211.311-7 Single-skin frame drum with membrane nailed to drum

Salvation Army tambourine. Wooden shell with sixteen pairs of brass jingles (one pair missing).

The timbrel, or tamborine, has been associated with the Salvation Army since the early 1880s. It was pioneered by Captain Charles Rothwell who was stationed at Mansfield, Nottingham. Having seen an image of a woman playing a tambourine in the War Cry, the journal of the Salvation Army, he purchased one from a pawn shop, which his wife then played in processions. According to one report it "filled the devil with disgust, the newspapers with comments, the barracks with people and helped sinners into the fountain!" The success of the experiment led to the timbrel eventually becoming standard Salvation Army issue.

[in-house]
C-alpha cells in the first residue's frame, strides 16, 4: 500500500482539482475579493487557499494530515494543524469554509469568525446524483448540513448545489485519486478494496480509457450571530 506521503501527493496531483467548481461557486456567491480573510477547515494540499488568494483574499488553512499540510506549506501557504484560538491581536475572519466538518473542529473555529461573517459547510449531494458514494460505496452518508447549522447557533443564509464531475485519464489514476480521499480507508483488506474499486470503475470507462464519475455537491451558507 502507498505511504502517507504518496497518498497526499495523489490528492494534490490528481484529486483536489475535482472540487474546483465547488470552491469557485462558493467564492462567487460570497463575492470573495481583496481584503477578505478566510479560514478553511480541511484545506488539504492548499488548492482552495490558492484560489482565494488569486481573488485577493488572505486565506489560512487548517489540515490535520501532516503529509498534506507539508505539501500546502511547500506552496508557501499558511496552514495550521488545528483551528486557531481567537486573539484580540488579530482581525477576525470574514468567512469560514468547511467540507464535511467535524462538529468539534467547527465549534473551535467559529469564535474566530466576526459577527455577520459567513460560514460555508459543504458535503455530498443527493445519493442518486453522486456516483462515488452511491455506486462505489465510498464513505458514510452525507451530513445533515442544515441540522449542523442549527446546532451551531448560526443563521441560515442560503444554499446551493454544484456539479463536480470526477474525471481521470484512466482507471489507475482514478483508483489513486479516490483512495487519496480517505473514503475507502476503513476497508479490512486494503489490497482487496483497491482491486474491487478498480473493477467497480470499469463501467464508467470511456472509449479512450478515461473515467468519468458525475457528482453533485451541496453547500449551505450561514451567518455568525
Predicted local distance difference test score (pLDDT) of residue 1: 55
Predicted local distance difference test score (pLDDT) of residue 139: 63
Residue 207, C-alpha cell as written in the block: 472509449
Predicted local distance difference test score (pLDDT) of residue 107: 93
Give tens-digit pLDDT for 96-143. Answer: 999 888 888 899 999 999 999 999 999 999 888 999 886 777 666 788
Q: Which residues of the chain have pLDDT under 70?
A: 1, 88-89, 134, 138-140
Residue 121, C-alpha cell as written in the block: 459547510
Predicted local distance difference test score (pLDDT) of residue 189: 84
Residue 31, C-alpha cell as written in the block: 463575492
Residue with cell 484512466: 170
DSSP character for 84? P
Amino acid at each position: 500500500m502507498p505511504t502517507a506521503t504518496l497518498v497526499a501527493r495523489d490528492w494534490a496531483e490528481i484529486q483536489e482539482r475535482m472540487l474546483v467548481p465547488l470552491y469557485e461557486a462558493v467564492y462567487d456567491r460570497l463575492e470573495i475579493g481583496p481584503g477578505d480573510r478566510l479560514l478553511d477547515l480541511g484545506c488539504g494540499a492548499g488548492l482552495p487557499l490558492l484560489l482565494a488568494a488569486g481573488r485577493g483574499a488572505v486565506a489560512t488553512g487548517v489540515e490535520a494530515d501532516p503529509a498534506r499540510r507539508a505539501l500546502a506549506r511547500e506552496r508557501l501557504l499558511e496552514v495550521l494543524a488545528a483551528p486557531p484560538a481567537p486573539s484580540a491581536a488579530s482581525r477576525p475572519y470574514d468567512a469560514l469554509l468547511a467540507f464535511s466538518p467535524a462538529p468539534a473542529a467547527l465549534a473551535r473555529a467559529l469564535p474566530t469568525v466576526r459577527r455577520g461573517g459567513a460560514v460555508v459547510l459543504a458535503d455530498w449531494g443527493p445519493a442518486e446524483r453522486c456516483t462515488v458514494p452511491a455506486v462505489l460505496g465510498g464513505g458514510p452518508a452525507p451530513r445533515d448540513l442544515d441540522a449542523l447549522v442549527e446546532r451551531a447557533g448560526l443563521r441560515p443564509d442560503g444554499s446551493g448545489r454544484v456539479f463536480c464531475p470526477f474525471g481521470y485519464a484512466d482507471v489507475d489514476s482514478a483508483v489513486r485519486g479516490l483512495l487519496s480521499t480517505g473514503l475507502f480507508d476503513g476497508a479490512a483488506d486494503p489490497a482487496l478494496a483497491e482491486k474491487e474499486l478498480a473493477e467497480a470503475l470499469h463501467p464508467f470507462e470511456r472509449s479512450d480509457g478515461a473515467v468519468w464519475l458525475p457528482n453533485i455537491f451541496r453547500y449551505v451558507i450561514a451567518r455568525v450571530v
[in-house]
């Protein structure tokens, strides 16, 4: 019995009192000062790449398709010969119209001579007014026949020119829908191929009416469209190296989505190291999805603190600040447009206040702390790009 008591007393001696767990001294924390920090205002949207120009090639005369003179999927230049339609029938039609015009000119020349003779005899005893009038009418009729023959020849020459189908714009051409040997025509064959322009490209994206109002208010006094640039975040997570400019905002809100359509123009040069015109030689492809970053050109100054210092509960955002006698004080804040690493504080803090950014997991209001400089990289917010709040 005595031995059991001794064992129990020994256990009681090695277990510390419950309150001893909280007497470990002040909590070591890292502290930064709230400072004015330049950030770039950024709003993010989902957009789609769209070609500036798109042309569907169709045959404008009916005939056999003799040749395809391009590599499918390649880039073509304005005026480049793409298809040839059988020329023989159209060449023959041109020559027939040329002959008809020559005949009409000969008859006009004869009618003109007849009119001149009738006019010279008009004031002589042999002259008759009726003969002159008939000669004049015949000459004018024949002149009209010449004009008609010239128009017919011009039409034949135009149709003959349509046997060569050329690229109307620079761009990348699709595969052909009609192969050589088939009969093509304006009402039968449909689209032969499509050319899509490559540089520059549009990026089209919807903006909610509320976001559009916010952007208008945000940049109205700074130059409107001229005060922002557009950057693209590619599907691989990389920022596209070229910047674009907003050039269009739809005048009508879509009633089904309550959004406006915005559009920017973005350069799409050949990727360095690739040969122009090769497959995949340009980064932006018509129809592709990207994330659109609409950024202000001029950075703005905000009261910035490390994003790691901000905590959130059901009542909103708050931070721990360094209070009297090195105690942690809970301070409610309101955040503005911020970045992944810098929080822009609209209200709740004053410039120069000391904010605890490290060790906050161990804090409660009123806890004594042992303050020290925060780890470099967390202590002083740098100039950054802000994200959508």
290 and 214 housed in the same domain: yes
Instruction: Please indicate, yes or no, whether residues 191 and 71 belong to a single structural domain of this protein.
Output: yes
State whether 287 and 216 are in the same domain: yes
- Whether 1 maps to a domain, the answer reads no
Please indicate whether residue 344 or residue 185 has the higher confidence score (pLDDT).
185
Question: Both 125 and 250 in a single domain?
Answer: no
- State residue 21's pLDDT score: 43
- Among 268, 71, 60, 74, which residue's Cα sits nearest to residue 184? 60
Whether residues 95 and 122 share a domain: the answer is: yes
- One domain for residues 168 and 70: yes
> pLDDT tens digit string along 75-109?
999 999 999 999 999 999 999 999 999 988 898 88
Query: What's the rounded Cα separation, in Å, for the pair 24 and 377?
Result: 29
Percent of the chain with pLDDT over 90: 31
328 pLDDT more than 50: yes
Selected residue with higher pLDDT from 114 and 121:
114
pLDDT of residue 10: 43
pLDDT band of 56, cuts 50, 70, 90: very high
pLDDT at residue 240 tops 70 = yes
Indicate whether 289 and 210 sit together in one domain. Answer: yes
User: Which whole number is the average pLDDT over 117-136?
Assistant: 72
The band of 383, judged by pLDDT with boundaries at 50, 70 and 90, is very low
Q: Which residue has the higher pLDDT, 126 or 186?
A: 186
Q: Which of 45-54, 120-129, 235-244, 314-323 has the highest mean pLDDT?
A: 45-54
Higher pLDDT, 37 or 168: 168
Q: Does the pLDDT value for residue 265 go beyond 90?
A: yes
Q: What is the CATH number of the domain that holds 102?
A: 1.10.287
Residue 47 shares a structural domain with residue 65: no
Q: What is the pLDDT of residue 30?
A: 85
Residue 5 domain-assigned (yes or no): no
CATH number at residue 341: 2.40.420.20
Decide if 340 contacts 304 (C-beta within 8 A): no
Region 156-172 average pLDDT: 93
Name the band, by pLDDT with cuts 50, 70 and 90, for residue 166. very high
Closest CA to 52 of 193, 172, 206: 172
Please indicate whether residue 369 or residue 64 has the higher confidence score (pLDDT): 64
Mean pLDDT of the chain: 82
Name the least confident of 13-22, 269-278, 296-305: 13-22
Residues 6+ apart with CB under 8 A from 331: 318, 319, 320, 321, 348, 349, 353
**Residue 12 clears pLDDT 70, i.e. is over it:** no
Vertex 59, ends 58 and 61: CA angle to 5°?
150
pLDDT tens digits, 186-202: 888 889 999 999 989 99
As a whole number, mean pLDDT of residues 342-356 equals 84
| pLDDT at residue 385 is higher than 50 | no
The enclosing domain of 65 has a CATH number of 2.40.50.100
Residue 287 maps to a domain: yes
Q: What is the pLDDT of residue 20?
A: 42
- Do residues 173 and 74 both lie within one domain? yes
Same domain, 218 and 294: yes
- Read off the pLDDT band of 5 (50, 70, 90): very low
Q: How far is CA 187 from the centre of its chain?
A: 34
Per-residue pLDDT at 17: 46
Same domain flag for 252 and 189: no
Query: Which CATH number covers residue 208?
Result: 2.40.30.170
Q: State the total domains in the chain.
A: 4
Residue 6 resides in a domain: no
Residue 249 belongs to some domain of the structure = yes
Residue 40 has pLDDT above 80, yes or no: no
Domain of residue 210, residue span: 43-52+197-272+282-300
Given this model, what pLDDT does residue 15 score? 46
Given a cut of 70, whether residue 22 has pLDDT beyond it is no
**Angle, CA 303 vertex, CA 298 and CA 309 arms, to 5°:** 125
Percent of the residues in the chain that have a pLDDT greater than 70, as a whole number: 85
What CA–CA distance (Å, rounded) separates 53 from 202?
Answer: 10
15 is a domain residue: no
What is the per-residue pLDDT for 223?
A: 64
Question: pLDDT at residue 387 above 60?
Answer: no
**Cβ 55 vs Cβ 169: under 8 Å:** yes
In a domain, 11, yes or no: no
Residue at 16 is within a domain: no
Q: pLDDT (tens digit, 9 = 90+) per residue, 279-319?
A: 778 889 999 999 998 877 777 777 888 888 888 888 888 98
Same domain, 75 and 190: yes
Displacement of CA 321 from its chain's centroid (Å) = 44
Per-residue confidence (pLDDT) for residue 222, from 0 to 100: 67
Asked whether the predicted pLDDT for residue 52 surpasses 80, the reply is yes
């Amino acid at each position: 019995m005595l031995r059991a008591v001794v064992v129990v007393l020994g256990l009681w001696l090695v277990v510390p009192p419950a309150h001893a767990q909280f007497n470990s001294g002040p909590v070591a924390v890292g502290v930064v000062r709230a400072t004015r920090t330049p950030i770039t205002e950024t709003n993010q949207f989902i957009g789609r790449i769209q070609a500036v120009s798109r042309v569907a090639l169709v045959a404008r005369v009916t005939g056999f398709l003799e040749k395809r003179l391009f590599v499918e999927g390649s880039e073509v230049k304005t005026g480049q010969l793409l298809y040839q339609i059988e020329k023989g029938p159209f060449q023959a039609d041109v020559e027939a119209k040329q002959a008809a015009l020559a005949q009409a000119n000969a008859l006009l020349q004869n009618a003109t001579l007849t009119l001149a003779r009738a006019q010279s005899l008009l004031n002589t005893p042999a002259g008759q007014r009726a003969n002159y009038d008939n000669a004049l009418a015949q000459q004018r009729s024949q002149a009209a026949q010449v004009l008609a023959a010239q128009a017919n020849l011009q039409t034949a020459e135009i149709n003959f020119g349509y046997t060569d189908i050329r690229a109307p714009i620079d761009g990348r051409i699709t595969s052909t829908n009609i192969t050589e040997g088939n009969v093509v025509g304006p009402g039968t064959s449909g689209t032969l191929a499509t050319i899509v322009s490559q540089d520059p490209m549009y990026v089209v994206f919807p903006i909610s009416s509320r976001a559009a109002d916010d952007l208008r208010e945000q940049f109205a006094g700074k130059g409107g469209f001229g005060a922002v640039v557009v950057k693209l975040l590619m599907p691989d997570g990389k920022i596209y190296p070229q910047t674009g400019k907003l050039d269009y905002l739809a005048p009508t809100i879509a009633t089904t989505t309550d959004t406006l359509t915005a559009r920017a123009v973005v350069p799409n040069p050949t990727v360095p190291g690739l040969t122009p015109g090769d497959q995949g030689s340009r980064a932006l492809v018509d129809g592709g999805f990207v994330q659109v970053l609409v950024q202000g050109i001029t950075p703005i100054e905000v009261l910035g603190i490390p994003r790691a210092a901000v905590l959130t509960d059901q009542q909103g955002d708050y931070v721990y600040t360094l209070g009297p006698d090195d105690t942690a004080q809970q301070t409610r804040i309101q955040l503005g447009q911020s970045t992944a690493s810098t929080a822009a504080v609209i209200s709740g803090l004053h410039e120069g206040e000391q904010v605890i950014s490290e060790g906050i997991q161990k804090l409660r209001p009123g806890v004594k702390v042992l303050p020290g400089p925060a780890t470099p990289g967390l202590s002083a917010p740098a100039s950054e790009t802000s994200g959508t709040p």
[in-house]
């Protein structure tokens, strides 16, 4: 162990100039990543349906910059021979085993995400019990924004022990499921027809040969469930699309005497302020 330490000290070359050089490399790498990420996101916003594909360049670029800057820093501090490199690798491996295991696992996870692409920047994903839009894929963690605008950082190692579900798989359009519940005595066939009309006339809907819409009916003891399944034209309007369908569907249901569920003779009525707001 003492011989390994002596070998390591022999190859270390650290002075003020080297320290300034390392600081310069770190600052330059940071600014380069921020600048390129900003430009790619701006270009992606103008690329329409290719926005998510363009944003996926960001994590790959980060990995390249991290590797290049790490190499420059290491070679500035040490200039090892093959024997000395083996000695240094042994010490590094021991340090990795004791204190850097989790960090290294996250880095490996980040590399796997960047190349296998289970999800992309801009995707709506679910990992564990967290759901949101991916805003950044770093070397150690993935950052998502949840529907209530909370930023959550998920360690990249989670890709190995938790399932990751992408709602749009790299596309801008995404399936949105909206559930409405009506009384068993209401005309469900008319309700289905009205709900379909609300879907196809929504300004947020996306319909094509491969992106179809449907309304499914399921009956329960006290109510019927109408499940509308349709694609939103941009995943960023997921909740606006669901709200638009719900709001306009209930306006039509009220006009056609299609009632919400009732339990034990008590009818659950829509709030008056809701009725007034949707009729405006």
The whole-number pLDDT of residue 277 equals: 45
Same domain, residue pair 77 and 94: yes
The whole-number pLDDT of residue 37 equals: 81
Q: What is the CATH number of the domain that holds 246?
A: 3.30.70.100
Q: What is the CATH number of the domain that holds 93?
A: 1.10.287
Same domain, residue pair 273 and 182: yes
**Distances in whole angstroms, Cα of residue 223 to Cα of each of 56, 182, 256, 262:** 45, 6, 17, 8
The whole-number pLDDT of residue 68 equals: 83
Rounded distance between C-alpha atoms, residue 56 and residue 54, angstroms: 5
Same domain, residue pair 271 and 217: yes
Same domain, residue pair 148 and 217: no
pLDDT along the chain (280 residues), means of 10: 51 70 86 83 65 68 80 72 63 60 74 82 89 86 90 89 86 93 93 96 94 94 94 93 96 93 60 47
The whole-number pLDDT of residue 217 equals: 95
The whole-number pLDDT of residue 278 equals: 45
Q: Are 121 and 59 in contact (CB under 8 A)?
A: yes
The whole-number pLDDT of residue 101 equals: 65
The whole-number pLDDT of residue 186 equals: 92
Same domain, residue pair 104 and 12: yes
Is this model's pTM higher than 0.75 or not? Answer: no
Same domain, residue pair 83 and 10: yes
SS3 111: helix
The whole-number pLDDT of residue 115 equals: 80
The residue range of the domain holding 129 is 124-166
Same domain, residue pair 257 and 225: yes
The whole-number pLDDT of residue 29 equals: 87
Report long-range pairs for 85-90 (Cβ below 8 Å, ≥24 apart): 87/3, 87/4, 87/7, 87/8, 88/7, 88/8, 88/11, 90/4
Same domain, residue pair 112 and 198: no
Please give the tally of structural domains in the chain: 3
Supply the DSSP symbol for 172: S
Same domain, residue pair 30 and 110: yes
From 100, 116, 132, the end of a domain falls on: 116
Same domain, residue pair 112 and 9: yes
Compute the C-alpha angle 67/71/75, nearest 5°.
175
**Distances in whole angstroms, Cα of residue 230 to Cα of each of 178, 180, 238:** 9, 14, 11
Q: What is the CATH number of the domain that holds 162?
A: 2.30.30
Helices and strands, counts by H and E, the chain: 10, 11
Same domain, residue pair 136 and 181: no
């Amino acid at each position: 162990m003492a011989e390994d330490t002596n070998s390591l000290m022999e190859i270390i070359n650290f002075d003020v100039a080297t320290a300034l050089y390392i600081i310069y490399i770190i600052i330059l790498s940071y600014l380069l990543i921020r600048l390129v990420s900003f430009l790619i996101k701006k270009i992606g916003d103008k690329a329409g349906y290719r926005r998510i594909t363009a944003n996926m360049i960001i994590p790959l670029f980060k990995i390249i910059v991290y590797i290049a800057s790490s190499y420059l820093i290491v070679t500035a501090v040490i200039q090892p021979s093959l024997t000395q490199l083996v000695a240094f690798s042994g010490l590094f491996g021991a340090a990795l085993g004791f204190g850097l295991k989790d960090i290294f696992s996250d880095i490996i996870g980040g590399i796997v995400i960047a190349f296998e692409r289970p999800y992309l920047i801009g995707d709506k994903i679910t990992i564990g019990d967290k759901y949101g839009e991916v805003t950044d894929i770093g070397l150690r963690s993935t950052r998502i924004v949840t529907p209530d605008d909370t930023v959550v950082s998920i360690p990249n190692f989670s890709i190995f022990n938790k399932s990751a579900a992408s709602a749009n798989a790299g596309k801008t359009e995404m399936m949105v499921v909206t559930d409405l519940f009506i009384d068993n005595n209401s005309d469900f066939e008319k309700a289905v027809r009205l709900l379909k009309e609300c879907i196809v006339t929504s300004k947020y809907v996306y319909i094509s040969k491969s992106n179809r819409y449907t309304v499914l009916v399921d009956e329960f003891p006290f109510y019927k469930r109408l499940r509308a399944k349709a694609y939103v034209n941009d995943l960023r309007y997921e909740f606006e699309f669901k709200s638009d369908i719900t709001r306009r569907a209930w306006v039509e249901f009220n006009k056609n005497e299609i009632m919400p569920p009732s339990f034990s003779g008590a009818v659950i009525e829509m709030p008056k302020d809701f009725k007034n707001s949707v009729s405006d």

Collection Information

These objects are only a part of our collections, of which there are more than 350,000 objects. This information comes from our collections database. Some of this is incomplete and there may be errors. This part of the website is also still under construction, so there may be some fields repeated or incorrectly formatted information.

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